Ed. note: Musician/composer/enigma Nick Cave evidently doesn't believe in taking time off. Less than a year after a sold-out tour with the Bad Seeds in early 2013, he announced Live From KCRW, the band's fourth live album, due out Nov. 29, aka Record Store Day. But thanks to Cave partnering with SF Weekly and a handful of other weeklies around the U.S. for a special invitation-only web press junket, we're excited to help premiere "The Mercy Seat" and "Mermaids," two new tracks from Cave's fourth live album, available for download as of this morning right here. You'll also find a special 24-hour pre-sale for tickets to the band's summer 2014 tour, including the July 7 show at the Warfield. Yet another result: this first-hand account of the event from SF Weekly's Sam Lefebvre.
Nick Cave sits in front of a backdrop depicting the cover of Push the Sky Away, last year's 15th album with the Bad Seeds, and he's very hungry. After likening songwriting to childbirth, he shifts restlessly in the seat and says, "Can you hear that, sound man? That's my stomach rumbling." He smirks, "You can edit that bit out," and makes a scissor gesture across the camera with two fingers. The grim balladeer and love song lecturer wants a banana, but settles for a croissant. He needs a napkin, too. It's a web conference, a high-tech press junket, and it clashes with a romantic image many of us have of Cave furiously scribbling fiery narratives of spiritual tribulation in tattered notebooks. Presumably, it's intended to consolidate Cave's press interactions into a single session, yet the steady camera focused on the intimidating artist eating a croissant actually humanizes him.
Donned in blue and black pinstripes, the prolific Australian artist responds to dozens of pre-submitted questions from American journalists about his planned 2014 U.S. tour and forthcoming album, Live From KCRW. Recorded earlier this year, the Bad Seeds' latest live album uses Push the Sky Away's nuance and Cave's maturing voice to imbue 10 songs with renewed vitality and significance. The session features Warren Ellis, Martyn Casey, Jim Sclavunos, and Barry Adamson in addition to Cave, a significant departure from the massive ensemble and choir touted at the Bill Graham Civic Auditorium last April.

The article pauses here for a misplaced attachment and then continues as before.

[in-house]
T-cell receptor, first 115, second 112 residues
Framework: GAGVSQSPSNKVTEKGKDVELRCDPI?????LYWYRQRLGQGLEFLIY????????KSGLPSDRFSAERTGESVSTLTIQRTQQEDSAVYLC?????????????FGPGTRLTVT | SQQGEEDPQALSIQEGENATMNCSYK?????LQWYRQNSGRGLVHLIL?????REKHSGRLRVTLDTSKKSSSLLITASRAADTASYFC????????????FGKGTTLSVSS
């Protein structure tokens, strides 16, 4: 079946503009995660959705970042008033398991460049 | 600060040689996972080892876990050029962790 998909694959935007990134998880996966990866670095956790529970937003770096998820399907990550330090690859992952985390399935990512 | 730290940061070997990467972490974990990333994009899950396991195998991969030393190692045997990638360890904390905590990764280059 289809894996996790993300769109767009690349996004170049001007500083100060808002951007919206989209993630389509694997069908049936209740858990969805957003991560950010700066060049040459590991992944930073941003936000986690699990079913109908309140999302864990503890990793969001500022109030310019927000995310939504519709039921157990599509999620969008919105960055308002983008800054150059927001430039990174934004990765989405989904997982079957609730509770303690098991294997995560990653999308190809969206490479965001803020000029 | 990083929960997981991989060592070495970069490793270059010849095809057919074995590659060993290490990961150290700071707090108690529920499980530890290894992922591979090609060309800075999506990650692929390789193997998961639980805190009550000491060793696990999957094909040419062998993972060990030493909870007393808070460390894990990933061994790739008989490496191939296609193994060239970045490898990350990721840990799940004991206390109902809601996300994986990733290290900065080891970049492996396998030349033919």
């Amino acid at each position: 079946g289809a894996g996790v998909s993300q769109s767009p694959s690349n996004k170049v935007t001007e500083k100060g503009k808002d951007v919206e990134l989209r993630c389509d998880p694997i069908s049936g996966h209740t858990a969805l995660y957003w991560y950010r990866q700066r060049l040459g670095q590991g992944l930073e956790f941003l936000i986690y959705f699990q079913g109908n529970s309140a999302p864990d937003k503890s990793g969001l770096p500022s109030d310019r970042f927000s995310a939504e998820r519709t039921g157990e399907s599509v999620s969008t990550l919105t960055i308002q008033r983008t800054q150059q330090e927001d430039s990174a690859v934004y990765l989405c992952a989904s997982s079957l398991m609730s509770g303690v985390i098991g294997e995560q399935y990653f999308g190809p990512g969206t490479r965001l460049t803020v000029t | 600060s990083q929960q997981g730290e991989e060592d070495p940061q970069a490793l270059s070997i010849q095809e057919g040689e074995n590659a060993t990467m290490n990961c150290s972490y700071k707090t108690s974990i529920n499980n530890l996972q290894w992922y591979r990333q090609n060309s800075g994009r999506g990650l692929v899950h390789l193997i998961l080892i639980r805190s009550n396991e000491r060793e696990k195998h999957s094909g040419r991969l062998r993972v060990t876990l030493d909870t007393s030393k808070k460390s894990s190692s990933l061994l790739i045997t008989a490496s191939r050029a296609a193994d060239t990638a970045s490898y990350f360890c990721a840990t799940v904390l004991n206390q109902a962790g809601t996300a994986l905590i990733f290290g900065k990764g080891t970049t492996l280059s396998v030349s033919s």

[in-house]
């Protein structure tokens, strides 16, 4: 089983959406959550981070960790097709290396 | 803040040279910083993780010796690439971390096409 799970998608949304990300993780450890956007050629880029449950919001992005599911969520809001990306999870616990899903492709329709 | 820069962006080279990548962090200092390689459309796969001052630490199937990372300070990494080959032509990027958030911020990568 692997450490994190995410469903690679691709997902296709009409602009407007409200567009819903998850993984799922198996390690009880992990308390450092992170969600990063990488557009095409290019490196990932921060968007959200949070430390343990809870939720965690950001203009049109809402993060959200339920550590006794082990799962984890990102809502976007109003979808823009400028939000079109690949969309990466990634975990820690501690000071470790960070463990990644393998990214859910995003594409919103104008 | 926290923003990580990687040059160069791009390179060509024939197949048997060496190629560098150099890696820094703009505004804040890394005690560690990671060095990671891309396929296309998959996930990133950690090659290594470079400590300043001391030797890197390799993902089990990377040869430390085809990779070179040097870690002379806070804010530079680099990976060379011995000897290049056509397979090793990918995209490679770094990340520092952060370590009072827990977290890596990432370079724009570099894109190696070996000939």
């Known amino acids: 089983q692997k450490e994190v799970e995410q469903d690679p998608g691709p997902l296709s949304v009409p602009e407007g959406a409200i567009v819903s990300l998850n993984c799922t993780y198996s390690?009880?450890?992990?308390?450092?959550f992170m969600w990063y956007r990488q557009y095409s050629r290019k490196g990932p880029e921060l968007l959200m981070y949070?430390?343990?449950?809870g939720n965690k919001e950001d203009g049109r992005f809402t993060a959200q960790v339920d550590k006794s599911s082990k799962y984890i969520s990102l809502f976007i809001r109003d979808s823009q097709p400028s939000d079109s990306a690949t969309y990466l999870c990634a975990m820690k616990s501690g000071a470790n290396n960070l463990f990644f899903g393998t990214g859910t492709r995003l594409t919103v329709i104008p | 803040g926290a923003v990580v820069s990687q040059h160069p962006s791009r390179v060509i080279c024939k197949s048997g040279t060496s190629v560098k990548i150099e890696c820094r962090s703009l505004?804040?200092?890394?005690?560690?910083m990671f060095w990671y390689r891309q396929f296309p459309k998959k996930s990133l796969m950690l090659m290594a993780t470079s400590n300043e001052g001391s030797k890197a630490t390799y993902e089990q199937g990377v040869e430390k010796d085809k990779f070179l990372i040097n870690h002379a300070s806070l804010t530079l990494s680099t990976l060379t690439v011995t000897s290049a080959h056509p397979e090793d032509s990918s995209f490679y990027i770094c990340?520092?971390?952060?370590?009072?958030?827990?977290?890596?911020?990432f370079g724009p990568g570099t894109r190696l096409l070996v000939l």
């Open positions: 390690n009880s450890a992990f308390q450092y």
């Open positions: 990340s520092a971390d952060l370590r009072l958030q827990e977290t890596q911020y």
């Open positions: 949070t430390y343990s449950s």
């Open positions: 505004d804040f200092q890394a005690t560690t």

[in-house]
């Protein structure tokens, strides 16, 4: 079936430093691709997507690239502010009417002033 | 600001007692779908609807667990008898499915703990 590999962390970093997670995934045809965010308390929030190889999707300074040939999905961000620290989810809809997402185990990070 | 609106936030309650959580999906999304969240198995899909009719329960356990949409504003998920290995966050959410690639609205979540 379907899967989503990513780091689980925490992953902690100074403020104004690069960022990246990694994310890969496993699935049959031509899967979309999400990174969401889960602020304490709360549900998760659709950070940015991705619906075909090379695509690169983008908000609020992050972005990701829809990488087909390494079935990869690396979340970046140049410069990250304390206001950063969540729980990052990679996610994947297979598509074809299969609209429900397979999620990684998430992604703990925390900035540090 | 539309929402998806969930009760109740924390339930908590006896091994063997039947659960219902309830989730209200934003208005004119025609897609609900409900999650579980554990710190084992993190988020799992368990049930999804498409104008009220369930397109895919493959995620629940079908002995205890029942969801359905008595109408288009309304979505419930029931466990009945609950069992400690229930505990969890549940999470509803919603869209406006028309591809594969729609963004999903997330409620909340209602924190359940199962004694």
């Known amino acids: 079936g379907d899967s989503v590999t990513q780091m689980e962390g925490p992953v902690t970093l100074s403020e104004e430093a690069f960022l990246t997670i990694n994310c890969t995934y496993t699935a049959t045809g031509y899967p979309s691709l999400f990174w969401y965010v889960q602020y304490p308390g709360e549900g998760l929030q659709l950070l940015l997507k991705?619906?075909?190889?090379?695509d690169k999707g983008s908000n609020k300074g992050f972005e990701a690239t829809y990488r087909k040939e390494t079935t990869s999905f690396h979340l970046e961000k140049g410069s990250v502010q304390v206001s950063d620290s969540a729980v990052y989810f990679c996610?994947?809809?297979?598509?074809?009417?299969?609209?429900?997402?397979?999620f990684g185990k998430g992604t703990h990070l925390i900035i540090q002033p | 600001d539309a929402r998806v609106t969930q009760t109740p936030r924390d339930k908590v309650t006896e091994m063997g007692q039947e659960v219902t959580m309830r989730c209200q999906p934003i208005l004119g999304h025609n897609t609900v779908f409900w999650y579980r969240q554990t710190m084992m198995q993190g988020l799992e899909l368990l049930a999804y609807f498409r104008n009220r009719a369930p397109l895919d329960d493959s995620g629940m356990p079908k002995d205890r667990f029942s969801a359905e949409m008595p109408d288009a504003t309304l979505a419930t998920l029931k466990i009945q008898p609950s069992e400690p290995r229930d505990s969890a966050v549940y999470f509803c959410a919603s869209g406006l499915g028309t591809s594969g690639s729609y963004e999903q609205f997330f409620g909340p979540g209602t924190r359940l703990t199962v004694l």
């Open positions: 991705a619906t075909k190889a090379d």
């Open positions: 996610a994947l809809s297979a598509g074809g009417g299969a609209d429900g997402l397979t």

Responding to a question about his voice, Cave says, "My famously individual intonation is better. Sometimes I actually hear myself on stage and it sounds almost enjoyable to listen to, rather than filling me with absolute horror as it has most of my career." With its restrained instrumentation, Live From KCRW highlights his vocal versatility. A deeper rendition of "Push the Sky Away" charges the hazy atmosphere with terror, while back-up vocals and marimba on "People Ain't No Good" emphasize the tension between Cave's severity and humor.
In the Tender Prey version of "The Mercy Seat" from 1988, Cave alternates between understated speech and fierce proclamations. On Live From KCRW, he mines the vast range of vocal expression in between. His more dynamic singing explores the infinitely complex emotions of a condemned narrator reckoning with imminent execution and the problem of justice when nothing is certain.
As he says, "I believe very much that [songs] have a life of their own, that they have an intelligence about them beyond what their creators gave them." He continues, "There are songs that seem to have so much meaning bubbling underneath the surface of the words that they just regenerate themselves." Cave's supple reworking of old material creates new narratives. There's the arc of a story within the song, and a broader arc of shifting meanings as Cave continuously reinterprets his own material. The Bad Seeds steady his hand and together they pull back a song's veil to uncover new dimensions. Live Seeds, Live at Royal Albert Hall, The Abbatoir Blues Tour and now Live From KCRW capture enthralling scenes from the strange lives of Cave's songs.
The perception of Cave as an utterly serious creature grappling exclusively with death and redemption is at odds with the man on a computer screen whose grumbling stomach is amplified by a lapel mic. Yet, lately, Cave harnesses the tension between trivial details of modern life and the black world of his songs to great effect. On Dig Lazarus Dig!!! he startled everyone by referencing a Frappuccino. The poster inside Grinderman 2 depicts the band relaxing in gladiator attire with copious Starbucks cups scattered about. The small audience present for the Live From KCRW show audibly giggles when Cave sings about Miley Cyrus in "Higgs Boson Blues." Cave's voice is changing and his songs evolve in perpetuity. Evidently he's advancing a singular sense of humor too. As in, wouldn't it be funny if Nick Cave sat down and frowned at a croissant while countless eager journalists stare? In hindsight, it certainly was.